Walter worked well into her nineties, continuing to paint portraits of women and children, beach scenes, gardens and marketplaces. Before her death in 1976, she had exhibited widely, and her works are included in major national and international private and public collections. Hammer Galleries had several exhibitions of her work during her lifetime, the last taking place in 1975 when the artist was one hundred years old.
MARTHA WALTER (1875-1976)
Biography from Taylor | Graham
Influenced by the French impressionists during her travels abroad, Martha Walter did canvases of light-hearted genre scenes and landscapes spontaneously executed with a palette of vivid colors. Born in Philadelphia, she enrolled at the Pennsylvania Academy of the Fine Arts, where she studied under William Merritt Chase. At his insistence, she entered a number of student competitions and eventually won a prestigious Cresson traveling scholarship in 1908. This award enabled her to travel throughout Europe, where she continued her art education at the Grande Chaumiere and the Academie Julien in Paris.
Soon disenchanted with the academicism of the Parisian schools, Walter set up her own studio and began producing plein-air paintings. At the outbreak of World War I, she returned to the United States and took up painting at various East Coast resorts such as Coney Island and Gloucester. In her beach scenes of this period, colorful bathing suits, gowns, and umbrellas punctuate the tranquil, pastel surfaces. Her expertise in the treatment of light and shadow is evident in her depictions of nursemaids, mothers, and children. In 1922, Walter spent some months painting the hundreds of immigrants kept in the detention hall at Ellis Island. The dreadful, crowded conditions inspired a group of paintings which were exhibited that year in the Galerie Georges Petit in Paris. An exhibition at the Art Club of Chicago in 1941 featured a group of watercolor paintings inspired by the artist's travels through Spain and North Africa. These works were intensely colored visions of such subjects as Algerian street scenes, mosques, and Spanish fisherman.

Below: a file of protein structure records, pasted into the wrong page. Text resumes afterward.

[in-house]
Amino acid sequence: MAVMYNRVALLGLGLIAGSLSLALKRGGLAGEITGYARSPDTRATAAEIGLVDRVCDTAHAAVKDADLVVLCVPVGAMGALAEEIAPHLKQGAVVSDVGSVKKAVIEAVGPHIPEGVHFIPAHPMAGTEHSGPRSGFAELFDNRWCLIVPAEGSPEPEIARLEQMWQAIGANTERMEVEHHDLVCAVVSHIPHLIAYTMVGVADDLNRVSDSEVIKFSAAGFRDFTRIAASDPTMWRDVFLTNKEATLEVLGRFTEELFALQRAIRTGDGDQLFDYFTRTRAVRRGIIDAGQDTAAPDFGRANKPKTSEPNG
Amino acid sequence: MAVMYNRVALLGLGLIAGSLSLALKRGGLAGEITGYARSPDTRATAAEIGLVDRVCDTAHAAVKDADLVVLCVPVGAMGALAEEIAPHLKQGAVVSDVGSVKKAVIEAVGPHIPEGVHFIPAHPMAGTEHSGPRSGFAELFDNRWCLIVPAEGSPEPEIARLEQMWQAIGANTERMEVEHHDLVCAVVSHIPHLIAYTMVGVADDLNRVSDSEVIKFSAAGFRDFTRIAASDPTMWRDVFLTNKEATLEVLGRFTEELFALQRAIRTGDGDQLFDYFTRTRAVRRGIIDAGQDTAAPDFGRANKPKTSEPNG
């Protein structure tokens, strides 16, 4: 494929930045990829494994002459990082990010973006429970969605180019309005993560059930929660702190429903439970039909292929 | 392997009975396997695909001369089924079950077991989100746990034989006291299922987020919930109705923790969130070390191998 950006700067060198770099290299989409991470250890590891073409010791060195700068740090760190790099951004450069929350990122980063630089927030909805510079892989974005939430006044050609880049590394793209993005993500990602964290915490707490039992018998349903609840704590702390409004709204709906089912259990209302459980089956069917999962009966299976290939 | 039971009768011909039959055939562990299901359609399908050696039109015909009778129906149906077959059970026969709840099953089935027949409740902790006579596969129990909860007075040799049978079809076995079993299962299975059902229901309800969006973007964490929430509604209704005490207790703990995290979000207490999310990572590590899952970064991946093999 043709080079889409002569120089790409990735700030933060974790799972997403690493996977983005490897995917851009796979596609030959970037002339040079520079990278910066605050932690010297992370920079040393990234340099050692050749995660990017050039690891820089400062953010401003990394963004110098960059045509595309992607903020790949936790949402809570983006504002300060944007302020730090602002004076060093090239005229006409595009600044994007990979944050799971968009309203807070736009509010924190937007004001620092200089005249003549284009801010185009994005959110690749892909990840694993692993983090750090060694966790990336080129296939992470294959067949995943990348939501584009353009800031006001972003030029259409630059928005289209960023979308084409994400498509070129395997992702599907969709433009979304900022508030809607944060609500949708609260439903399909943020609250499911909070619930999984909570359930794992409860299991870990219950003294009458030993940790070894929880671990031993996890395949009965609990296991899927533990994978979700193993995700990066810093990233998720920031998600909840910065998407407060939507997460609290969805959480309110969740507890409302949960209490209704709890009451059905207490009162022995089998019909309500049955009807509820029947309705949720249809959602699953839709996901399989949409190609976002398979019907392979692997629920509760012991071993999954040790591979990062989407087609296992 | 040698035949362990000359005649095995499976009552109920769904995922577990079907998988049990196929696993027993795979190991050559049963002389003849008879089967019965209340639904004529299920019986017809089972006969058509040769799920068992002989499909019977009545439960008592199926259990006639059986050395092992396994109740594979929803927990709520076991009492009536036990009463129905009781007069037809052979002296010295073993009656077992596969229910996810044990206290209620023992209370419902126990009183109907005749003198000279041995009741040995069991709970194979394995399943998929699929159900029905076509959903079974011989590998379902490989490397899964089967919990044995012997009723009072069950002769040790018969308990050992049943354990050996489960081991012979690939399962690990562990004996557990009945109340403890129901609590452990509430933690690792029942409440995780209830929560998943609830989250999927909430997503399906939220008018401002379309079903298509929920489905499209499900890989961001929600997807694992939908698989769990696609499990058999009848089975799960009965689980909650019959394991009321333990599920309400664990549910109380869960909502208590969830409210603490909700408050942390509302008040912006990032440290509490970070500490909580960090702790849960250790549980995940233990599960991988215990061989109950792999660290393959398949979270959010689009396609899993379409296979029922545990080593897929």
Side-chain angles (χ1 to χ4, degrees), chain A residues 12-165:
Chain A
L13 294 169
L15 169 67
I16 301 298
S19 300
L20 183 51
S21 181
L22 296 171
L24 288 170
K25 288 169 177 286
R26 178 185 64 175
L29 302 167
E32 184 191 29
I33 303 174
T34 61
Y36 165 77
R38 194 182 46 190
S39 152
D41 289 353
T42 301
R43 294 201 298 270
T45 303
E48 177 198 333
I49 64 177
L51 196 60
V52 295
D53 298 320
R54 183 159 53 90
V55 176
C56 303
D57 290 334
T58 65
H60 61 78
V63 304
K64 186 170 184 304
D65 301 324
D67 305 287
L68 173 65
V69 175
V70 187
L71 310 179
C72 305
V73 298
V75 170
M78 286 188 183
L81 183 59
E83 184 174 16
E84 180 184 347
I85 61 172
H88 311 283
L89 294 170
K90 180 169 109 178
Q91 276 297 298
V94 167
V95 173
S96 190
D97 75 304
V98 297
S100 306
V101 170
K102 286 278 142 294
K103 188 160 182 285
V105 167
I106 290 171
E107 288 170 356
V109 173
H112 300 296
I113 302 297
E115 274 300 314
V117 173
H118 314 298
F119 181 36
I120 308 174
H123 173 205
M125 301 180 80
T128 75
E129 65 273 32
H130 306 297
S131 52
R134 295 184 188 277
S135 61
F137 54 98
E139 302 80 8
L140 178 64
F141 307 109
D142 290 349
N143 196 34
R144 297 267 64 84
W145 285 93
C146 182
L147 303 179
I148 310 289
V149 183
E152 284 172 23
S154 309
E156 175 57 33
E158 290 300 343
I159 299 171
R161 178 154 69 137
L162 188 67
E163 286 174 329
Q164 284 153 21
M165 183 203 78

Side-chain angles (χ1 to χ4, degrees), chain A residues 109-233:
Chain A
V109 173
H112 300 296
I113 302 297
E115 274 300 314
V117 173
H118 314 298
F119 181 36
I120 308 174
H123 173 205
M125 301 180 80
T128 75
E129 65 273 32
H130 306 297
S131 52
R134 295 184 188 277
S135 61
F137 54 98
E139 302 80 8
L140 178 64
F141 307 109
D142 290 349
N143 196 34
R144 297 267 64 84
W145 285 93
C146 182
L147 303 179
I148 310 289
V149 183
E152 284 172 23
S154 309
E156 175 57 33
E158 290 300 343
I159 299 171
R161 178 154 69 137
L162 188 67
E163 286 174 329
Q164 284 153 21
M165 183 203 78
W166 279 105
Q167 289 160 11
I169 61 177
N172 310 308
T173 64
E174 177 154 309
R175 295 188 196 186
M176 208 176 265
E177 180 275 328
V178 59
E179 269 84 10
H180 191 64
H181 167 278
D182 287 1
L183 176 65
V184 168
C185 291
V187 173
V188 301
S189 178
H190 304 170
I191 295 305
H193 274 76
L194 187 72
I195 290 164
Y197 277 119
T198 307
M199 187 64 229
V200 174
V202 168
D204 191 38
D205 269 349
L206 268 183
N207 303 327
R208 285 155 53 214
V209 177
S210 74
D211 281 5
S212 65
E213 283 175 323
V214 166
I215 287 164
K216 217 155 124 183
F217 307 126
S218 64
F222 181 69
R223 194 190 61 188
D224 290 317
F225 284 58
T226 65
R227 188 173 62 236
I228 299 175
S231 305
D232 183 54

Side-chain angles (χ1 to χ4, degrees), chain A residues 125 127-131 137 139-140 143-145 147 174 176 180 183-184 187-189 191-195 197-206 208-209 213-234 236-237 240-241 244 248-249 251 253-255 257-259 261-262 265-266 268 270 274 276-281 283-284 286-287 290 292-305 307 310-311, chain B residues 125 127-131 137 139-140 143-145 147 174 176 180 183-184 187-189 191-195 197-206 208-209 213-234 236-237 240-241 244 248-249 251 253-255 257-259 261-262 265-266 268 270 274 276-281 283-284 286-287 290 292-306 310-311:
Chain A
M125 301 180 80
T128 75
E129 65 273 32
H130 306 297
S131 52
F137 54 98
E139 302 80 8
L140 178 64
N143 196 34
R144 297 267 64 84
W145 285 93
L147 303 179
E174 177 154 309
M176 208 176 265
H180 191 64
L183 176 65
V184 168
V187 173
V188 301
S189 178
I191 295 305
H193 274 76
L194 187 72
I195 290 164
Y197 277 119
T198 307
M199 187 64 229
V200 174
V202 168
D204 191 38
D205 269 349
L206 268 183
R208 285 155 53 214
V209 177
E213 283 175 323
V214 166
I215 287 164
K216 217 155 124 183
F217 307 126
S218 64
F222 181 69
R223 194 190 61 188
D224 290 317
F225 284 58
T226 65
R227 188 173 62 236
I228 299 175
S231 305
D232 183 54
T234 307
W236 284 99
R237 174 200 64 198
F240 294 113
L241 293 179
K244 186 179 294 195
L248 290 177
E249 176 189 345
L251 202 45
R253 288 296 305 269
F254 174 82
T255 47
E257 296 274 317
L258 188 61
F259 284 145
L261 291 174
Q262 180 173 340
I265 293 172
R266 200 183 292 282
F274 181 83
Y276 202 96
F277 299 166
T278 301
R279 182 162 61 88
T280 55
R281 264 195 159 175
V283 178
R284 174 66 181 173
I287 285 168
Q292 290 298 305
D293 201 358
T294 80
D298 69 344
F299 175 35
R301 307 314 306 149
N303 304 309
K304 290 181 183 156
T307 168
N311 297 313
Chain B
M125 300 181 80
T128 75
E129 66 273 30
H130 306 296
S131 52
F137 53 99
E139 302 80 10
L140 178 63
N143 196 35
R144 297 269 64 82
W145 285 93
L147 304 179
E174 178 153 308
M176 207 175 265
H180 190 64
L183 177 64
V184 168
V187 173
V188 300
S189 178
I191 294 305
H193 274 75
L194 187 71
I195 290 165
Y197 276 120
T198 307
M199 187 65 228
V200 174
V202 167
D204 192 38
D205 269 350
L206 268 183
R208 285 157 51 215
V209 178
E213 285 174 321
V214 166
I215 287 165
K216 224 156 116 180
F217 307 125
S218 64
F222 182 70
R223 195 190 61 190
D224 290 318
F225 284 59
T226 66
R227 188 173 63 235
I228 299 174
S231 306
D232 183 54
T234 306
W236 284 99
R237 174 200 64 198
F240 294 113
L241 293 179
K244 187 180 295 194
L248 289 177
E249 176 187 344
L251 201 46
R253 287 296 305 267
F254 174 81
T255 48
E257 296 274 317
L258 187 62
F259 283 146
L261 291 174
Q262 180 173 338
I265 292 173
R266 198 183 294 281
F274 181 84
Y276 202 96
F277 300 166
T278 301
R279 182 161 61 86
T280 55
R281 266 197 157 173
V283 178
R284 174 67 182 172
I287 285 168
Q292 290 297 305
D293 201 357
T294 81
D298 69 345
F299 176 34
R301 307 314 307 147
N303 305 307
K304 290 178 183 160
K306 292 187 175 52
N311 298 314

Walter worked well into her nineties, continuing to paint beaches, gardens, and marketplaces. Before her death in 1976, she had exhibited widely and her works were included in major national and international private and public collections.
This essay is copyrighted by the Charleston Renaissance Gallery and may not be reproduced or transmitted without written permission from Hicklin Galleries, LLC.
It was in France, where Martha Walter established herself as a
plein-air Impressionist. For Martha Walter, like many young artists at
the turn of the century, an opportunity to study abroad was the next